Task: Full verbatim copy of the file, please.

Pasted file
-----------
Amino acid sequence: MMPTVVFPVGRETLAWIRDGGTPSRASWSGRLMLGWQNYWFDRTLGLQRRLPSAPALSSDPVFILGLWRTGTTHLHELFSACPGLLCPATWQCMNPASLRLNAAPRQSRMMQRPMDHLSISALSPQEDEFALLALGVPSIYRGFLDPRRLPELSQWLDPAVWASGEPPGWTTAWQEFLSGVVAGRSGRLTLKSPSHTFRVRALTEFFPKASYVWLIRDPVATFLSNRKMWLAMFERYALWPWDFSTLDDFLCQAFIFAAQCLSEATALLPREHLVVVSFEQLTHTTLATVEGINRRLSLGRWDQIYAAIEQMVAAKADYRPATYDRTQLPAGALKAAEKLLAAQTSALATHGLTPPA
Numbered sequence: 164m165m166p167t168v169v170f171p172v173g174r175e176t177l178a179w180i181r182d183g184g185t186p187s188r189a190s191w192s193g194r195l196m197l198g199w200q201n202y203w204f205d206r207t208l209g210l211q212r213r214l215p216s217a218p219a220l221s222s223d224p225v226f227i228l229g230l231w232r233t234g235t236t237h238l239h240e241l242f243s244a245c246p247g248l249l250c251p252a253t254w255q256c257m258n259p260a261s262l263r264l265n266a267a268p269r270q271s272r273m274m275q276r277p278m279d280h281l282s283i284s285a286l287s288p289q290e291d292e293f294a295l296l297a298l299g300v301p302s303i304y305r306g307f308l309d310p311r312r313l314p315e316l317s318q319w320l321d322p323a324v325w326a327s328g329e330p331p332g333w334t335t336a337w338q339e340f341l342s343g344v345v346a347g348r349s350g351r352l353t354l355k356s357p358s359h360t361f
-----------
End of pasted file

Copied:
Amino acid sequence: MMPTVVFPVGRETLAWIRDGGTPSRASWSGRLMLGWQNYWFDRTLGLQRRLPSAPALSSDPVFILGLWRTGTTHLHELFSACPGLLCPATWQCMNPASLRLNAAPRQSRMMQRPMDHLSISALSPQEDEFALLALGVPSIYRGFLDPRRLPELSQWLDPAVWASGEPPGWTTAWQEFLSGVVAGRSGRLTLKSPSHTFRVRALTEFFPKASYVWLIRDPVATFLSNRKMWLAMFERYALWPWDFSTLDDFLCQAFIFAAQCLSEATALLPREHLVVVSFEQLTHTTLATVEGINRRLSLGRWDQIYAAIEQMVAAKADYRPATYDRTQLPAGALKAAEKLLAAQTSALATHGLTPPA
Numbered sequence: 164m165m166p167t168v169v170f171p172v173g174r175e176t177l178a179w180i181r182d183g184g185t186p187s188r189a190s191w192s193g194r195l196m197l198g199w200q201n202y203w204f205d206r207t208l209g210l211q212r213r214l215p216s217a218p219a220l221s222s223d224p225v226f227i228l229g230l231w232r233t234g235t236t237h238l239h240e241l242f243s244a245c246p247g248l249l250c251p252a253t254w255q256c257m258n259p260a261s262l263r264l265n266a267a268p269r270q271s272r273m274m275q276r277p278m279d280h281l282s283i284s285a286l287s288p289q290e291d292e293f294a295l296l297a298l299g300v301p302s303i304y305r306g307f308l309d310p311r312r313l314p315e316l317s318q319w320l321d322p323a324v325w326a327s328g329e330p331p332g333w334t335t336a337w338q339e340f341l342s343g344v345v346a347g348r349s350g351r352l353t354l355k356s357p358s359h360t361f